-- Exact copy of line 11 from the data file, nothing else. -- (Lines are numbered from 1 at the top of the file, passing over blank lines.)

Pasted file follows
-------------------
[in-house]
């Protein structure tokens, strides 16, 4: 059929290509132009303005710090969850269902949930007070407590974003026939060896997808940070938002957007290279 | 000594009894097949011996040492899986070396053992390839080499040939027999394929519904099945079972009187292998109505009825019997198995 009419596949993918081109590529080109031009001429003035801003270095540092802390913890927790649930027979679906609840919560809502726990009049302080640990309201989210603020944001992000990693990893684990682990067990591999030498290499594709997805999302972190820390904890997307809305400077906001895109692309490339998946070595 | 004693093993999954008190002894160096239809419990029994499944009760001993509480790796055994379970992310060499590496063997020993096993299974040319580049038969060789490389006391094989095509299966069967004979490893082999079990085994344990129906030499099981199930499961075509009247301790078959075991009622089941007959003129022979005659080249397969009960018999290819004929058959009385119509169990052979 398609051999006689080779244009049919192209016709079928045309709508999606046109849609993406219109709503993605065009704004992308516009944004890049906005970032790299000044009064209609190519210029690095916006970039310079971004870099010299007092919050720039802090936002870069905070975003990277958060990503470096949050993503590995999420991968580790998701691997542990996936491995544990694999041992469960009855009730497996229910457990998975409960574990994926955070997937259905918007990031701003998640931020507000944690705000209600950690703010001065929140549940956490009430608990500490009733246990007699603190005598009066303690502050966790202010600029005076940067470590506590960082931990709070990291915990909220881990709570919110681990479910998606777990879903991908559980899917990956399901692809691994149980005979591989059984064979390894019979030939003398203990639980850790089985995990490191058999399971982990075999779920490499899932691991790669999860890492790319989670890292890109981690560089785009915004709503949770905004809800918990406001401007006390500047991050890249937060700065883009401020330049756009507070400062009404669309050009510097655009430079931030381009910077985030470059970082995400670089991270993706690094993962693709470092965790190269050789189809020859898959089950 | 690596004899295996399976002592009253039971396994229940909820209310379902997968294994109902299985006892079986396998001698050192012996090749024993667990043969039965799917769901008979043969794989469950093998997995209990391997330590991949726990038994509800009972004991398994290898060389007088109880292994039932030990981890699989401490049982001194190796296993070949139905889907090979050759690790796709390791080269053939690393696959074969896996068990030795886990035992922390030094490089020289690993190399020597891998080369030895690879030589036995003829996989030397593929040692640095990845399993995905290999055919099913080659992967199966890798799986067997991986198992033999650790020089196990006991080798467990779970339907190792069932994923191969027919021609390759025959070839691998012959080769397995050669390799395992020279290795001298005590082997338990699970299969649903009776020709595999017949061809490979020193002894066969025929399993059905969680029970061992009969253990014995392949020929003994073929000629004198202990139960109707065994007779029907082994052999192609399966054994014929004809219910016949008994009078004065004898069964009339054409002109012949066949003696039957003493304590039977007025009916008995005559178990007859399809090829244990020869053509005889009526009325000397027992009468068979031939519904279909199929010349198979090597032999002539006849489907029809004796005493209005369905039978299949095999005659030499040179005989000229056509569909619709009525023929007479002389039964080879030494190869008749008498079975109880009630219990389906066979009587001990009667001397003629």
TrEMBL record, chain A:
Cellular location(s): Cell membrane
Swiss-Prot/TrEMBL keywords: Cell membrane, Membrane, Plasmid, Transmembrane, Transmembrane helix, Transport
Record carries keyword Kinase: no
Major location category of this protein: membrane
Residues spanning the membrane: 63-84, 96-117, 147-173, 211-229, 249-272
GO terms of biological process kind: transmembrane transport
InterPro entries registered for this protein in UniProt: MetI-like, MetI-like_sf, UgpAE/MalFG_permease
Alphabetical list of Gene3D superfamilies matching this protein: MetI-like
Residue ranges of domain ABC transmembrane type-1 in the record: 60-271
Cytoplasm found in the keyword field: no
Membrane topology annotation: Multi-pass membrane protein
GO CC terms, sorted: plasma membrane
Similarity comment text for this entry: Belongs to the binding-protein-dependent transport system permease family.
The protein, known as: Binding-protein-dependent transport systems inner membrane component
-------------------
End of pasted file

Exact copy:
Alphabetical list of Gene3D superfamilies matching this protein: MetI-like